A few years ago, I went on a seven-day kayak trip on the Peace River and, I hesitate to admit, I barely did any personal hygiene. I had a bath in the river once, on a particularly hot day, and I think I washed my face once a day… It was a wilderness trip, so how I looked was not on my mind.
I had an amazing time on that trip, and when I finished, I had an new image of myself in my mind. I was a blonde-haired, fit, vibrant, healthy — lithe, even — kayaking goddess! Imagine my surprise when I looked in a mirror again and saw that I really hadn’t changed. I was sure that seven days on the water had changed me, but it did so in deep, personal ways, not physical ones. It took me a little time to get over that identity crisis. So where was the problem — with the mirror, or with me? I think it’s the mirror. Everyone knows that mirrors lie.
When you look at yourself in the mirror, you don’t see your real self. Most of the time, you can only see parts of your self. You focus on a blemish. You see wrinkles or discoloured skin. If you try to expand your view, you might be able to see your whole face, but it still isn’t the real you.
Don’t you find that when you look at yourself in a mirror, you are being analytical? As a result, you don’t have the spark of life in your eye, so you look dead… unhappy… and, well, analytical.
It’s universally true that the thoughts you are thinking show up on your face. In real life, when you are enjoying yourself, having fun with friends or doing something that makes you feel good, you look completely different than you do in the mirror. You look beautiful. You look amazing!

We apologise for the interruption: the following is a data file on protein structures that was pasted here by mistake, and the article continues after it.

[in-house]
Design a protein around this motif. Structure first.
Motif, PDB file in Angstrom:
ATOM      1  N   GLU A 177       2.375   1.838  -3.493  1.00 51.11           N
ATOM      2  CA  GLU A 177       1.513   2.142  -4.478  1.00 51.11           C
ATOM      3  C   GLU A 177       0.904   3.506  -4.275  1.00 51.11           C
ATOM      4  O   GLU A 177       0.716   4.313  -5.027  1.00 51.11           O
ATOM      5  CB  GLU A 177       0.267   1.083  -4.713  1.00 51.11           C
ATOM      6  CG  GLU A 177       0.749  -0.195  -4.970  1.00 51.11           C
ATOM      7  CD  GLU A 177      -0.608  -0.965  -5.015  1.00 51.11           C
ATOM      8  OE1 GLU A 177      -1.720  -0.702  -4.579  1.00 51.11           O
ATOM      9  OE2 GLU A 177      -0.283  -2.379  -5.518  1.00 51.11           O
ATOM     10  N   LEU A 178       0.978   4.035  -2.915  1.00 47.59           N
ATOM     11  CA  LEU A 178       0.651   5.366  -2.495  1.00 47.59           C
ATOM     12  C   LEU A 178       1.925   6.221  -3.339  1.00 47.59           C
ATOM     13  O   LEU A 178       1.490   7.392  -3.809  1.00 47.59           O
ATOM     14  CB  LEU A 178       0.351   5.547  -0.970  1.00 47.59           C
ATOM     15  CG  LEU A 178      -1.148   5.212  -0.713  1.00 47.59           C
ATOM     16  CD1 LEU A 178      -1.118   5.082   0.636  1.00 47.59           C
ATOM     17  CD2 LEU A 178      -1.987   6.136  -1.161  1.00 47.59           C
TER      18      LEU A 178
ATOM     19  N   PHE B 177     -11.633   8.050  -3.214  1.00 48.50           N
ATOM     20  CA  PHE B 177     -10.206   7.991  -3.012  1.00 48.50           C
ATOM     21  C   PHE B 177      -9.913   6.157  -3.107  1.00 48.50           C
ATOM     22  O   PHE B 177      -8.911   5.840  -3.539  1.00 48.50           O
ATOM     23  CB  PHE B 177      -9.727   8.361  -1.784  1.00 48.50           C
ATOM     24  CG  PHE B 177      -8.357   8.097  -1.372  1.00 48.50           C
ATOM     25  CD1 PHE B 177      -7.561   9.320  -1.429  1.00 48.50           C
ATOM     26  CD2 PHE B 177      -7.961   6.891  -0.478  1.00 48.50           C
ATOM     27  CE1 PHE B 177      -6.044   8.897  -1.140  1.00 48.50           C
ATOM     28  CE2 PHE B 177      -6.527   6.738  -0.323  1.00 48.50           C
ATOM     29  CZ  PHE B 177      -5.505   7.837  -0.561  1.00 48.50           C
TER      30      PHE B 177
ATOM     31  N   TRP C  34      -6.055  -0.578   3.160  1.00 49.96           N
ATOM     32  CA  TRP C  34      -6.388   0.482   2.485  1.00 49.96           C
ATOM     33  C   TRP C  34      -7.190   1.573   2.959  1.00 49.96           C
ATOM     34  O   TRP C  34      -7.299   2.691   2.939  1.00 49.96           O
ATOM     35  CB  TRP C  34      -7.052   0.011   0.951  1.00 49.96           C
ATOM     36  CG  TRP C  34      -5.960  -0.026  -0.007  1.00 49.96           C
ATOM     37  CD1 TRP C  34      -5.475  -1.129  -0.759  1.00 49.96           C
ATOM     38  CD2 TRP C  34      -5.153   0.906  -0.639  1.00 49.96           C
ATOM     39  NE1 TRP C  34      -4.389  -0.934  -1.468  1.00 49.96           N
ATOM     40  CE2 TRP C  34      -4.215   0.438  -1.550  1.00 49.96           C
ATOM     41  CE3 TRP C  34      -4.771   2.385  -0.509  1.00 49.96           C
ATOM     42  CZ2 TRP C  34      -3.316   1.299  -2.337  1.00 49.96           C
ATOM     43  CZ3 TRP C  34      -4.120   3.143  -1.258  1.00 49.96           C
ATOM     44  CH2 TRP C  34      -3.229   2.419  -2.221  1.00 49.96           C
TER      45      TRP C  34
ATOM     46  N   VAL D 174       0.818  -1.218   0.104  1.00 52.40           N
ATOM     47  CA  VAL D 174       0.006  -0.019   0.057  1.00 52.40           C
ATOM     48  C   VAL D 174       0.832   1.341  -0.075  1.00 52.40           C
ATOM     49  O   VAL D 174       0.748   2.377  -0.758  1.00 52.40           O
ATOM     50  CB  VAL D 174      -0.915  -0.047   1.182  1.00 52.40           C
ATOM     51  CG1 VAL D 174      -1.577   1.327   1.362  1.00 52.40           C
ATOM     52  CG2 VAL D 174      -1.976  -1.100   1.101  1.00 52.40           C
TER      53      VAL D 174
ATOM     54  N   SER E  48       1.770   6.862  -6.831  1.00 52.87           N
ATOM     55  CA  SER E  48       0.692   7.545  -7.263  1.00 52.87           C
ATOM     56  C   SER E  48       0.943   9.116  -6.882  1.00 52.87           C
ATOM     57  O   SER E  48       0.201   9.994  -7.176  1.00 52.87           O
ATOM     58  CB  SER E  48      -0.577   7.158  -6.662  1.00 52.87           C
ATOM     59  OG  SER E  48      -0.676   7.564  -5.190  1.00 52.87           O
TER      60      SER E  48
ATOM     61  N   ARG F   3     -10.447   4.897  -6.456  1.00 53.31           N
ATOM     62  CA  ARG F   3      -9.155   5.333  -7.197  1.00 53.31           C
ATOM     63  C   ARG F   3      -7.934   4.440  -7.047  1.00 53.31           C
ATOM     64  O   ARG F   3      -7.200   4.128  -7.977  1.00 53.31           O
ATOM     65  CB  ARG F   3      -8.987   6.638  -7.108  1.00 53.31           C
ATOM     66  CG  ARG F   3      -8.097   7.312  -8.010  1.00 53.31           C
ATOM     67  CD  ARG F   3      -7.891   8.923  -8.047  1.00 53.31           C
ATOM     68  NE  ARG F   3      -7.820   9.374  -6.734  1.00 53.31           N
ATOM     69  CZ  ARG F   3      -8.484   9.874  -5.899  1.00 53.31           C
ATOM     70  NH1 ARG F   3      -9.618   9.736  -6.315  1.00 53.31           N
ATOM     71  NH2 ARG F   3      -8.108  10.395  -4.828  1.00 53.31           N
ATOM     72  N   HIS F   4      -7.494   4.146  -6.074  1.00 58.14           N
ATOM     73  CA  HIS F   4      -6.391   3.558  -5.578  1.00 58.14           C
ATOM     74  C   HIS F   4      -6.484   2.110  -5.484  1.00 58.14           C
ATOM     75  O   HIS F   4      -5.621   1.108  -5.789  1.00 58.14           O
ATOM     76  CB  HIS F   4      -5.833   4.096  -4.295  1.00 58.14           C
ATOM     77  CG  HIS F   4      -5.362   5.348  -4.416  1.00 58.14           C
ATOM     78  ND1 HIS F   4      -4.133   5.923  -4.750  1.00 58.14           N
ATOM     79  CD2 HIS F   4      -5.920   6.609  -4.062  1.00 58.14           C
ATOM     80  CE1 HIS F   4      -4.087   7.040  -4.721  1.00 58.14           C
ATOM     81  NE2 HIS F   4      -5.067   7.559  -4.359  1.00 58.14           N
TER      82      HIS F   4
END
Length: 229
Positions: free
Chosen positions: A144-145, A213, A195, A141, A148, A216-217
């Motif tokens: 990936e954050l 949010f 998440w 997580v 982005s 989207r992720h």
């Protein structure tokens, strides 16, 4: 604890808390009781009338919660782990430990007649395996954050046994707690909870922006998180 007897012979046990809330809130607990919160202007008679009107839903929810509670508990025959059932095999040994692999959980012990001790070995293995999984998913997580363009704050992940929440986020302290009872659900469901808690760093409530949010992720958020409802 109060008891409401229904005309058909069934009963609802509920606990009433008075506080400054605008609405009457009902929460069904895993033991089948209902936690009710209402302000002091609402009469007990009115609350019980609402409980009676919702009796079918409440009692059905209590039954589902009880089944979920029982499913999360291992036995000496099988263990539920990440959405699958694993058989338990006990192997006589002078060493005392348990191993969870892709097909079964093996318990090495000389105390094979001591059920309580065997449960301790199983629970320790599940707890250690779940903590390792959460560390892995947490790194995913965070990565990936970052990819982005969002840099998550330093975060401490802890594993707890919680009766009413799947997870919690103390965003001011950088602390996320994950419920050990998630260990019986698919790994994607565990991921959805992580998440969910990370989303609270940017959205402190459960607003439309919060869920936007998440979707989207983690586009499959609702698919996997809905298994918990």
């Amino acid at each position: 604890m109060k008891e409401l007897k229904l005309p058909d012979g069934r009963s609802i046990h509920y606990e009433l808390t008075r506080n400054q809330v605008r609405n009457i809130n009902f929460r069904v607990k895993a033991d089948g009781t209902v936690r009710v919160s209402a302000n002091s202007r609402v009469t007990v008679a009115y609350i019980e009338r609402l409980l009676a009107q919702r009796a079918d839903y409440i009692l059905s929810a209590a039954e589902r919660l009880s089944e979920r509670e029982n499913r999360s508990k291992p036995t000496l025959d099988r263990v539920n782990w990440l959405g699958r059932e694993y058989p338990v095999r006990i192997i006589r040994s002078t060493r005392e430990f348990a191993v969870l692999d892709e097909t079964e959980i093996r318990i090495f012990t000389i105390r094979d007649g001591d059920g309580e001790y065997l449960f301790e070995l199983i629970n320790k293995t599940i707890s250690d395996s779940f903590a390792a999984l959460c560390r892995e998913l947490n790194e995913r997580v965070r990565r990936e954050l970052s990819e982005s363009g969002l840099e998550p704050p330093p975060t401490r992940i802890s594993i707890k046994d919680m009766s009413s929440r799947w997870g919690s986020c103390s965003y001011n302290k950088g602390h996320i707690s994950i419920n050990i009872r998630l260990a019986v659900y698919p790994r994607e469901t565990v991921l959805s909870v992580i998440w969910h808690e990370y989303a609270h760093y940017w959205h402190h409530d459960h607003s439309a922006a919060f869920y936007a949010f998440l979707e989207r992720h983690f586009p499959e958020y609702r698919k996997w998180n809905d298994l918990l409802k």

Now suppose you have a full-length mirror. If you stand very far away from it, and quickly glance at yourself, you might be able to get a clue about what you really look like. But if you just stand in front of it, looking yourself up and down, that’s not accurate either. We are always in motion and we don’t just stand face-on to a person and let them look us up and down very often!
We behave in front of mirrors like models in front of a camera. But we aren’t models! We are regular people, and we are fantastic! Thank goodness we aren’t models, being judged on every square inch of our bodies… although even models have to have a brain in their heads. I watched “America’s Next Top Model” a few times, and one thing I took away from the show was that there is more thinking involved in modelling than I thought, and being pretty wasn’t enough. The girls had to make up a facial expression that had some meaning to it — just like Zoolander! 🙂 Magnum.
So, it’s definitely true that mirrors lie. They don’t depict what you really look like to other people. They don’t show you in motion, and they don’t show you happy and relaxed, unless you make a special effort to be that way in front of a mirror. They don’t show you the spark of life, the spring in your step and the smile you have by way of welcoming others. So don’t believe what you see in the mirror!
There’s so much more I could say, but I’ll leave it at that for now. 🙂 Keep your chin up!